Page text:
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Youth launch Southeast Asian cultural center effort

The only Asian kid at Taft High School two years ago, Reamroatha Moeun absorbed slurs and abuse.

“I got jumped,” Moeun said. “They called me Chinese, and soft.”

Moeun, now a junior at the Marble Hill High School for International Studies in Kingsbridge, isn’t Chinese. He’s Cambodian-American. In the Bronx, teens like Moeun know violence. And poverty. And depression.

Violence, poverty and depression plague the borough’s Southeast Asian community, a community born of the Vietnam War and Cambodia’s Killing Fields. Moeun, 16, and Chhaya Chhoum, 30, want to change that.

On Saturday, January 31, at the St. Nicholas Tolentine Church in Fordham, CAAV’s Youth Leadership Project launched its campaign for a Southeast Asian cultural center.

CAAV, founded in 1986, stands for Committee Against Anti-Asian Violence. Chhoum directs the Youth Leadership Project. On Saturday night, Chhoum, Moeun and 200 friends cheered a Cambodian and munched Southeast Asian delicacies.

The Bronx is home to 6,000 Vietnamese-Americans and 4,000 Cambodian-Americans, according to Chhoum. Most of the borough’s Southeast Asians arrived during the 1970s and 1980s, fleeing the Vietnam War and a bloody Cambodian regime.

Moeun’s parents and grandparents are refugees. His grandparents live on welfare. His grandfather suffers from post-traumatic shock. Cambodia’s Khmer Rouge movement killed at least 750,000 people.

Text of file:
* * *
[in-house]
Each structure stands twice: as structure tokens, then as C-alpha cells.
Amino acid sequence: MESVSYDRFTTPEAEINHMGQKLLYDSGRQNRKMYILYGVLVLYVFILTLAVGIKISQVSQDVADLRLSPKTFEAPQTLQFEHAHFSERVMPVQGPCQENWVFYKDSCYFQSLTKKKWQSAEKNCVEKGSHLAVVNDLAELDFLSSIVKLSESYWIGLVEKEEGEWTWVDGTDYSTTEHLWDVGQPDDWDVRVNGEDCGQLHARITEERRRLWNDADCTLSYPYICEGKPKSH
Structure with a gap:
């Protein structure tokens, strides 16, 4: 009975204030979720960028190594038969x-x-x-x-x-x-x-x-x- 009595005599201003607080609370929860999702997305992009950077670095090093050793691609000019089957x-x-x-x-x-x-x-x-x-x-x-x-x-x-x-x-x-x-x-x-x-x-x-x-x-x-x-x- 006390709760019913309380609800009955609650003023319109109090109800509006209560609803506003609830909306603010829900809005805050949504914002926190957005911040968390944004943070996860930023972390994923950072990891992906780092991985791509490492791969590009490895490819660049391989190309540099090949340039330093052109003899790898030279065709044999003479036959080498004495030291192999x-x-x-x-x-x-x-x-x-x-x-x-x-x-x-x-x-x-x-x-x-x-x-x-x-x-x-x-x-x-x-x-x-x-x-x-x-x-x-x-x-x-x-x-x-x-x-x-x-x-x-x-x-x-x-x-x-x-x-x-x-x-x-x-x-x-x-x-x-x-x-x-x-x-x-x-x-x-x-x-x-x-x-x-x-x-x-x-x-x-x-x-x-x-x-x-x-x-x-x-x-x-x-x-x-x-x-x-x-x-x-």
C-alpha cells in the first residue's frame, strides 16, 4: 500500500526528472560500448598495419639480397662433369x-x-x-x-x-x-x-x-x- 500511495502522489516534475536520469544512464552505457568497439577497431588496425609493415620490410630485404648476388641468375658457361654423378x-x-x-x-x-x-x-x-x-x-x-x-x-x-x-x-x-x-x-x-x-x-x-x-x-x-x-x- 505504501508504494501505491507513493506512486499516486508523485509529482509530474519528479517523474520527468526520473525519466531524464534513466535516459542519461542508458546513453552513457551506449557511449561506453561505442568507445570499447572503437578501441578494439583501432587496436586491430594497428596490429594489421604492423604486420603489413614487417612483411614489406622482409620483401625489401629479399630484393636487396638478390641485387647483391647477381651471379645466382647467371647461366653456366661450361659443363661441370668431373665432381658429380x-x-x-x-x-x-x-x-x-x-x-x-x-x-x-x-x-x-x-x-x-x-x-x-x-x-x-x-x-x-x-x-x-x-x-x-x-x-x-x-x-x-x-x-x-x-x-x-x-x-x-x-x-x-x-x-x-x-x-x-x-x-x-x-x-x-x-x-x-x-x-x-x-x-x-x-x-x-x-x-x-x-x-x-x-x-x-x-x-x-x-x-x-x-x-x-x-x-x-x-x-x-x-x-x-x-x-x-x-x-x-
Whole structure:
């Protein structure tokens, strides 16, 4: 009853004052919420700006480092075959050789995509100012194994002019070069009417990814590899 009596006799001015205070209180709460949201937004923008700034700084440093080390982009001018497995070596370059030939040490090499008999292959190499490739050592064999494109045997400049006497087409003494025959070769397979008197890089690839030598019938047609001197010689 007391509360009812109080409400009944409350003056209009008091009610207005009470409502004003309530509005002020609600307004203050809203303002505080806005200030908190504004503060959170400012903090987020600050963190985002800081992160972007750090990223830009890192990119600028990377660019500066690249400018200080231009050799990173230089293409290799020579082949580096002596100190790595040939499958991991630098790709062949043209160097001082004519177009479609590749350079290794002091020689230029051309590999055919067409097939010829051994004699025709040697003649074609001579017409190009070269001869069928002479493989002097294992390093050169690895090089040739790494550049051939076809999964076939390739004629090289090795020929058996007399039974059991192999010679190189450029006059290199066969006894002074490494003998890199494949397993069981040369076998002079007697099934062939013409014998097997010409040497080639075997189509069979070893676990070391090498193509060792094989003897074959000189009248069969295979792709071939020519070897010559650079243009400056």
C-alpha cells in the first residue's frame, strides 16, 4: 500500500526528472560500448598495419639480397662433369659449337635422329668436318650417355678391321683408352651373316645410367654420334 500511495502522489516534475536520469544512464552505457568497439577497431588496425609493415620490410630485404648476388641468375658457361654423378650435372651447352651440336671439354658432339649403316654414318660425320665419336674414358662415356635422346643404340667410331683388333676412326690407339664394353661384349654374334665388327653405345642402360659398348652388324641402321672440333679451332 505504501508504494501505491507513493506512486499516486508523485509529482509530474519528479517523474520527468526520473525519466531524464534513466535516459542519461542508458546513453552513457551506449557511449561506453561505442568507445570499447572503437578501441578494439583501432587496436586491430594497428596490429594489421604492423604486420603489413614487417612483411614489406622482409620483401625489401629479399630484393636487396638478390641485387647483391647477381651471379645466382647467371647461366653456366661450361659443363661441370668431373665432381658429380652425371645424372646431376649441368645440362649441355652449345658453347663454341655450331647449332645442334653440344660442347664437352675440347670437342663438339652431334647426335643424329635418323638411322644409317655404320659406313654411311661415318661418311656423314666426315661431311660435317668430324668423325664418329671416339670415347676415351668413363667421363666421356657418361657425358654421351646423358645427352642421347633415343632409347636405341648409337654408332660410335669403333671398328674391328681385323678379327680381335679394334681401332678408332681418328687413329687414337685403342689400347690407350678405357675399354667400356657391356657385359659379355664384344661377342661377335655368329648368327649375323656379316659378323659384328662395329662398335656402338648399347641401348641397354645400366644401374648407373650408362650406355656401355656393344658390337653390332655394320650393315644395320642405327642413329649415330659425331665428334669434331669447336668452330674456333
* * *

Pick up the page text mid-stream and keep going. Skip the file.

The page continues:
“My grandpa has nightmares,” said Moeun, a Youth Leadership Project organizer.

According to Chhoum, many Southeast Asian refugees suffer from mental health problems.

Pile on language barriers and culture shock. Few Southeast Asian refugees knew English when they arrived in the Bronx. Fewer were ready for an NYC winter.

“You had these farmers dumped in the Bronx,” said Chhoum. “And the Bronx was burning.”

At first, the refugees benefited from gobs of government money. In the early 1980s, Montefiore Medical Center established the Indochinese Mental Health Clinic. There, Bronx refugees received special treatment.

The E. 193rd Street clinic still exists, staffed by a social worker and psychiatrist. But Montefiore reassigned its Vietnamese and Khmer translators in 1998. When CAAV protested, the federal Department of Health led a civil rights investigation.

In 2007, the Youth Leadership Project teamed with New York University to conduct a community health assessment.

According to the assessment, 56 percent of the borough’s Cambodian-Americans weren’t in the labor force; 57 percent of Bronx Cambodian-American families were receiving public assistance. Only half of the assessment’s Cambodian-American respondents rated their health as “good” and 61 percent cited language as an obstacle to healthcare.

A fresh community assessment will inform the Youth Leadership Project’s cultural center campaign.

Many Southeast Asian-American kids attend Bronx schools by day and toil in New Jersey’s low-wage factories by night, Chhoum said. Estranged from their foreign parents, shunned by some of their Black, White and Latino classmates, teens like Moeun need someplace safe to laugh, relax and connect.

The cultural center could offer Khmer and Vietnamese language classes, cooking seminars and sports programs.

“I know some Khmer,” Moeun said. “I want to learn more. I was born in the Bronx, but Cambodia runs through my blood.”

Chhoum hopes to complete the assessment by August and is investigating potential sites for a cultural center, including the old Fordham public library.

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